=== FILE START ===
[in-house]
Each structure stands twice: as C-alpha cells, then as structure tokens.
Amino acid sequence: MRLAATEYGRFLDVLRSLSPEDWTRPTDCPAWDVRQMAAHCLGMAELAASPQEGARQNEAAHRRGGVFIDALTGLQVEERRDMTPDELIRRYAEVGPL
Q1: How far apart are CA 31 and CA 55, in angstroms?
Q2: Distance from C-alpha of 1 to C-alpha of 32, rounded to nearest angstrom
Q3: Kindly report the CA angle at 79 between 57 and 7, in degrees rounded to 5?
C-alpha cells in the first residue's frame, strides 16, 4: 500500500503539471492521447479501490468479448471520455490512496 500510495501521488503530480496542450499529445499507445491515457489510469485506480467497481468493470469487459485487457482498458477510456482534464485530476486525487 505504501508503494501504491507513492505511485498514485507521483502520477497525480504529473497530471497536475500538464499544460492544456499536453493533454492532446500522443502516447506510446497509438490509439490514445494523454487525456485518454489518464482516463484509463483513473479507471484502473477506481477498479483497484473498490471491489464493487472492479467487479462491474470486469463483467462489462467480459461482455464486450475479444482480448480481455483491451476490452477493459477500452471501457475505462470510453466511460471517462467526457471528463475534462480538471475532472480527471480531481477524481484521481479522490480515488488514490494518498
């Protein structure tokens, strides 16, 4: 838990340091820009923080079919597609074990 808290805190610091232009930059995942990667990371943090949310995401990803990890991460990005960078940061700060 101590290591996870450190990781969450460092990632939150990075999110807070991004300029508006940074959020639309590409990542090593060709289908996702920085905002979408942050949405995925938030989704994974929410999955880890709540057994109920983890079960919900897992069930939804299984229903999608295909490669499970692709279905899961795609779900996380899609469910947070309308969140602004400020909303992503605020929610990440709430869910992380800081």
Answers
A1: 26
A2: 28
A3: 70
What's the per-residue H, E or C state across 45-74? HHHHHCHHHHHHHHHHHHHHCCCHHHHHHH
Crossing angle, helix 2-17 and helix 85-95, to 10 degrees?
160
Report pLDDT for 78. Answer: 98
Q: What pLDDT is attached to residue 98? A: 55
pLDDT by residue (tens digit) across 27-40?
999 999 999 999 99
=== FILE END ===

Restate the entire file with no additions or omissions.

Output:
[in-house]
Each structure stands twice: as C-alpha cells, then as structure tokens.
Amino acid sequence: MRLAATEYGRFLDVLRSLSPEDWTRPTDCPAWDVRQMAAHCLGMAELAASPQEGARQNEAAHRRGGVFIDALTGLQVEERRDMTPDELIRRYAEVGPL
Q1: How far apart are CA 31 and CA 55, in angstroms?
Q2: Distance from C-alpha of 1 to C-alpha of 32, rounded to nearest angstrom
Q3: Kindly report the CA angle at 79 between 57 and 7, in degrees rounded to 5?
C-alpha cells in the first residue's frame, strides 16, 4: 500500500503539471492521447479501490468479448471520455490512496 500510495501521488503530480496542450499529445499507445491515457489510469485506480467497481468493470469487459485487457482498458477510456482534464485530476486525487 505504501508503494501504491507513492505511485498514485507521483502520477497525480504529473497530471497536475500538464499544460492544456499536453493533454492532446500522443502516447506510446497509438490509439490514445494523454487525456485518454489518464482516463484509463483513473479507471484502473477506481477498479483497484473498490471491489464493487472492479467487479462491474470486469463483467462489462467480459461482455464486450475479444482480448480481455483491451476490452477493459477500452471501457475505462470510453466511460471517462467526457471528463475534462480538471475532472480527471480531481477524481484521481479522490480515488488514490494518498
């Protein structure tokens, strides 16, 4: 838990340091820009923080079919597609074990 808290805190610091232009930059995942990667990371943090949310995401990803990890991460990005960078940061700060 101590290591996870450190990781969450460092990632939150990075999110807070991004300029508006940074959020639309590409990542090593060709289908996702920085905002979408942050949405995925938030989704994974929410999955880890709540057994109920983890079960919900897992069930939804299984229903999608295909490669499970692709279905899961795609779900996380899609469910947070309308969140602004400020909303992503605020929610990440709430869910992380800081």
Answers
A1: 26
A2: 28
A3: 70
What's the per-residue H, E or C state across 45-74? HHHHHCHHHHHHHHHHHHHHCCCHHHHHHH
Crossing angle, helix 2-17 and helix 85-95, to 10 degrees?
160
Report pLDDT for 78. Answer: 98
Q: What pLDDT is attached to residue 98? A: 55
pLDDT by residue (tens digit) across 27-40?
999 999 999 999 99